I do like a book with a map at the front. I’m a sucker for them. Starting a story with a visual representation of the lay of the land somehow amplifies the experience for me. I blame Tolkien: those simple maps of Middle Earth in the frontispieces of The Hobbit and The Lord of The Rings were, I suspect, the start of a life-long love affair with literary cartography. The almost entirely barren map at the front of Herbie Sykes’ ‘The Race Against The Stasi’ (Aurum Press. RRP £18.99 Hardback) may be a little lacking in the sort of “Here Be Dragons” elements that got me excited as an eleven year old but any cycling book which starts with a map of ‘Central Europe 1964’ has already gone a long way to win me over..
The 25th anniversary of the fall of the Berlin Wall last weekend was a timely adjunct to my finishing of this excellent agglomeration of politics, cycling and love set against the backdrop of the Iron Curtain. Although Sykes makes it clear that he didn’t set out to write about ‘a political book per se’, the pervasive nature of Socialism into every last aspect of East German life in the 1960’s made it impossible to do anything other. The chance sighting of a name in the 1967 Tour de France – a name which had no right to be there – set an extraordinary investigation in motion. Telling the story of Dieter Weidemann – who was pedalling just a few feet behind Tom Simpson when he collapsed on the Ventoux – and The Peace Race inevitably means also telling the story of the Warsaw Pact, the Berlin Wall and the GDR’s secret police force, the Stasi.
Told exclusively through the means of first person testimony, contemporary newspaper report extracts and translated Stasi documents, the book follows the events that defined a young man’s life from a number of different perspectives. The author’s ‘voice’ is entirely absent – consciously subjugated in order to allow the characters to relay the narrative verbatim – yet atmosphere is never lost and intrigue and even suspense is ever present. The differing tones of the various spoken and written testimonies set up a dialogue that a screenwriter would give his right arm for. Indeed, at a recent appearance at The London Sports Writing Festival, Richard Williams – interviewing Herbie in front of an appreciative audience – suggested that the snapping-up of the film rights cannot be too far away. This is dynamite material, painstakingly researched and assembled, and the fact that it can stand alone without further author interpretation is testament to that and to Sykes’ humility in the face of it.
Dieter Weidemann was an apolitical animal born into a entirely politicised world. A shy young man who just wanted to ride his bike and write letters to a pretty girl who he met briefly in his mid teens. All fine and good in most circumstances – even those governed by the stricter moral codes of the era. The trouble was that Dieter lived in East Germany and girl, Sylvia, lived in West Germany. So that should have been the end of that. However Dieter’s cycling prowess eventually presented him with an opportunity to escape the GDR – and that’s where the real troubles begin. Defecting was the gravest crime against Socialism and the penalties that were paid by the family he left behind were expectedly unforgiving.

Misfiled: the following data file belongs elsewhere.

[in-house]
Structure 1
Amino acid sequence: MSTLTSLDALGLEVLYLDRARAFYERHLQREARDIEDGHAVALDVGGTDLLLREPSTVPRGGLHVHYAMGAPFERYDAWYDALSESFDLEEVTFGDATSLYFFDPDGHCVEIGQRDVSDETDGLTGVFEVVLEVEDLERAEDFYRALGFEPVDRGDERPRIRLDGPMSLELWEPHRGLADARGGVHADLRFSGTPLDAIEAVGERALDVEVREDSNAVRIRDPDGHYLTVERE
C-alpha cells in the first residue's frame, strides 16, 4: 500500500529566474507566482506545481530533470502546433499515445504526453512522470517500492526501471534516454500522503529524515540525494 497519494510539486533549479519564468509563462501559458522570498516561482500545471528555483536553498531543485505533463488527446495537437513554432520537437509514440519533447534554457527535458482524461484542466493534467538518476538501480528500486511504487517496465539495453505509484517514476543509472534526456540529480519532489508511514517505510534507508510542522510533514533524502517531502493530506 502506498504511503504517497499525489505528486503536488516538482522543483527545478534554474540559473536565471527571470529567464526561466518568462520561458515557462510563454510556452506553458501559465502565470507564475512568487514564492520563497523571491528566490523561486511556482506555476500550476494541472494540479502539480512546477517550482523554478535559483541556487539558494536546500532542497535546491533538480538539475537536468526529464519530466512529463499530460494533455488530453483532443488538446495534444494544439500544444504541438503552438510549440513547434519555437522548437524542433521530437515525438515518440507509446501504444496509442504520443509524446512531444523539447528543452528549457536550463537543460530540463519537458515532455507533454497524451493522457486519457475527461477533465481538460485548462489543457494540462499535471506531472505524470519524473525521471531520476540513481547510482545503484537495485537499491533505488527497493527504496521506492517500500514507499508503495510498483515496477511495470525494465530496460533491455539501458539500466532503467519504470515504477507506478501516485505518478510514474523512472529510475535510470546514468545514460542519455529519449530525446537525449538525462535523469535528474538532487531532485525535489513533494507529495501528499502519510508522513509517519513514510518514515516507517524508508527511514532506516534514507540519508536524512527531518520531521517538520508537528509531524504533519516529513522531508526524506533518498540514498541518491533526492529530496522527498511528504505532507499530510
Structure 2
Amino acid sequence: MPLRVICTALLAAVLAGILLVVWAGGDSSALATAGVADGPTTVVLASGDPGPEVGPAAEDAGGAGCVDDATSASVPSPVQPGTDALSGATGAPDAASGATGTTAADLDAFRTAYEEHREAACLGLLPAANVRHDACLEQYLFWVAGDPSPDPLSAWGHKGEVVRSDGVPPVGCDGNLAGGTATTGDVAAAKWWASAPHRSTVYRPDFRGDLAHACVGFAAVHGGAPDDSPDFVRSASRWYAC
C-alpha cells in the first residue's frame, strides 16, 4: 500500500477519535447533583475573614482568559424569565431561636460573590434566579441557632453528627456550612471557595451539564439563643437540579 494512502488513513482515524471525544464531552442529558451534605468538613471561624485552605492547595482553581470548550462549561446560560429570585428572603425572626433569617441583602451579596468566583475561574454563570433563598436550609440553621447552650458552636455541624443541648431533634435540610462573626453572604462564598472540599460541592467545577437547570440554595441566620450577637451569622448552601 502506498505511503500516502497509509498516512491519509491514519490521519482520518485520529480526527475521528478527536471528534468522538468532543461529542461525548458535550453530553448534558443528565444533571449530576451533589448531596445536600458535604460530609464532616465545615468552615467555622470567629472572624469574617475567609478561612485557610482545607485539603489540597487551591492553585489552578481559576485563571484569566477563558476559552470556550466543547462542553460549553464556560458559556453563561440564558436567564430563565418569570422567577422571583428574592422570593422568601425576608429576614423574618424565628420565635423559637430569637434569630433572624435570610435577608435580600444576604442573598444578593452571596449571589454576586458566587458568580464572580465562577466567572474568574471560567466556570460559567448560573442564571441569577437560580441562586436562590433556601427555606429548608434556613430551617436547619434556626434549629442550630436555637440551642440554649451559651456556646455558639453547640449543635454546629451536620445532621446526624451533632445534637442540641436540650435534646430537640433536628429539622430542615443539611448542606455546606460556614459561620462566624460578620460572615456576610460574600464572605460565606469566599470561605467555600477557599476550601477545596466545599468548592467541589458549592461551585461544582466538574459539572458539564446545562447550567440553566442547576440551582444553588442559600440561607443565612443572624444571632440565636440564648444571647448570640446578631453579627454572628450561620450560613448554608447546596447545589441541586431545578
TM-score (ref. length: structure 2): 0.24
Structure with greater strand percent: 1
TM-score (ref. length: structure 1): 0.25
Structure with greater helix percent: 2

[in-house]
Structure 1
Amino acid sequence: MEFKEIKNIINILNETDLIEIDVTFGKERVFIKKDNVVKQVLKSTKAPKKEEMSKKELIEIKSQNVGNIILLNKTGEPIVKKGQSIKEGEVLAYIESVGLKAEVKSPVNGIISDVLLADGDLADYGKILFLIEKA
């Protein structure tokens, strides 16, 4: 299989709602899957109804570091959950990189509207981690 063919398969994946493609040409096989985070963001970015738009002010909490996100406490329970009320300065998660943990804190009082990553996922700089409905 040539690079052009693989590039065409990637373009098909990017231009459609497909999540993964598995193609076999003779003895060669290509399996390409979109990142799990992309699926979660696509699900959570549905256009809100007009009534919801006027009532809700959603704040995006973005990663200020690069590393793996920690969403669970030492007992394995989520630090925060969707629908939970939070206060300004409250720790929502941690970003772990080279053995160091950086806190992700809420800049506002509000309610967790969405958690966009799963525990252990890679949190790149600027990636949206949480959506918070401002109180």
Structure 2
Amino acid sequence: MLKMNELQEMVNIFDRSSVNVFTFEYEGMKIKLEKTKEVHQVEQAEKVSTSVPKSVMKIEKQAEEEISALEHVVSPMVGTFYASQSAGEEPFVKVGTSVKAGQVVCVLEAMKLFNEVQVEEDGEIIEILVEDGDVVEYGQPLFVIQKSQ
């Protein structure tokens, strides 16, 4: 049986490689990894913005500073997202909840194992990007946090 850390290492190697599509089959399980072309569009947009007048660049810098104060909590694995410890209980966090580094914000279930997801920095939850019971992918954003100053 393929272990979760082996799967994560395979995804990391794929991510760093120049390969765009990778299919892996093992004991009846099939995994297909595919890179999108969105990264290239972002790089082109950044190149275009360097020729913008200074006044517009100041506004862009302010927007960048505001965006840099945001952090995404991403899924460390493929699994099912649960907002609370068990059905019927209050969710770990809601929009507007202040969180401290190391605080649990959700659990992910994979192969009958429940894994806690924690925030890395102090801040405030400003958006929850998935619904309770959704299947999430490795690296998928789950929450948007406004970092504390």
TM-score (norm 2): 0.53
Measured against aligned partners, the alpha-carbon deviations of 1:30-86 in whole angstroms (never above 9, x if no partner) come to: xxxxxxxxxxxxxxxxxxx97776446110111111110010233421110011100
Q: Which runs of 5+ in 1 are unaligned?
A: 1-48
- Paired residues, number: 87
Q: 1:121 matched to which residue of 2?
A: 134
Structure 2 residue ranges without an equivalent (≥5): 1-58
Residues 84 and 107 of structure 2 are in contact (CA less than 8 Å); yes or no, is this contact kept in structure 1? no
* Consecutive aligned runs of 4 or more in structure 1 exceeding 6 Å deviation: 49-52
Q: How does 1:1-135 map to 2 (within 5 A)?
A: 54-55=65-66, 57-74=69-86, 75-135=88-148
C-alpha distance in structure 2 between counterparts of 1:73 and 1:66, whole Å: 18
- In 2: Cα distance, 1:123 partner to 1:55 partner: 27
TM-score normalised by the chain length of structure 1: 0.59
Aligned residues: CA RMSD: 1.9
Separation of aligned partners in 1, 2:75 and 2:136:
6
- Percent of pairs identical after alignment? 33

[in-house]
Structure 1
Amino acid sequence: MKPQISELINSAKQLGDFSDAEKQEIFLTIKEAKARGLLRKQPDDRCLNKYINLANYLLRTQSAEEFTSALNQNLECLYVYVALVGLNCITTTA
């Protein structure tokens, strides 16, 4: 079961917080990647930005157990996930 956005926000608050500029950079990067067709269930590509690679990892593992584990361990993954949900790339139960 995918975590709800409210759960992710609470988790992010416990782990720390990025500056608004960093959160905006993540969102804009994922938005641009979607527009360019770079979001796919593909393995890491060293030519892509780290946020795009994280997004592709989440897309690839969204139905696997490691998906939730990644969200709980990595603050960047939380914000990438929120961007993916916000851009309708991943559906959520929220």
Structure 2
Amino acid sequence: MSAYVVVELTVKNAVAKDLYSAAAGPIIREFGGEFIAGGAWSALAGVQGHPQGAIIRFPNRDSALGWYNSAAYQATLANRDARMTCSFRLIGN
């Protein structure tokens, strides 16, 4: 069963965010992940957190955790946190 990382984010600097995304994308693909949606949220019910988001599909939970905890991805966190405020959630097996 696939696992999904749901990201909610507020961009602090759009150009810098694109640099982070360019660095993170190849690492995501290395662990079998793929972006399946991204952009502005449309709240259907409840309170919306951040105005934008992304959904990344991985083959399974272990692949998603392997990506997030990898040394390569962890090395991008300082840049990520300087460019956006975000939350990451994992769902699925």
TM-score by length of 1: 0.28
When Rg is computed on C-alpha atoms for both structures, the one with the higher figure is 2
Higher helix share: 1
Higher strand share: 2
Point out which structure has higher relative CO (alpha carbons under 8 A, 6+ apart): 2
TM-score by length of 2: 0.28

As well as casting a welcome light on the little-known Peace Race – the annual amateur stage race between Warsaw, Prague and Berlin whose importance to the fledgling GDR state is almost impossible to convey to a modern Western readership – it is the extent of the invasiveness of the Stasi that commands attention. Even without the humanising context that the alternate testimonies provide, the petty double-speak of the official files and vast filing system send shivers down the spine. There are apparently over 180 kilometres of Stasi documents in existence. That’s slightly longer than the average length of the stages stages which Dieter rode in 1964 Peace Race and more poignantly the exact distance between his home town of Flöha and the Bavarian town of Mitterteich where Sylvia lived during their penfriend years..
It’s quite hard to quantify ‘The Race Against The Stasi’ but that is sort of the point.. Is it a book about cycling? Yes. Is it a book about The Berlin Wall? Yes. Is it a book about love? Yes. It’s all of the above and more.. It’s a window into a world that no longer exists but which conditioned the lives of millions of people directly on both sides of the divide and billions of others indirectly during the latter half of the Twentieth Century. It’s also a book about some of the small voices trying to be heard amongst the deafening, ever-present political diktat. Whether you take it as a cycling history, an indictment of the geopolitical situation in the GDR, a tale of love conquering insurmountable odds, or a combination of all three.. it’s most definitely a book worth reading..
The Race Against the Stasi is available now.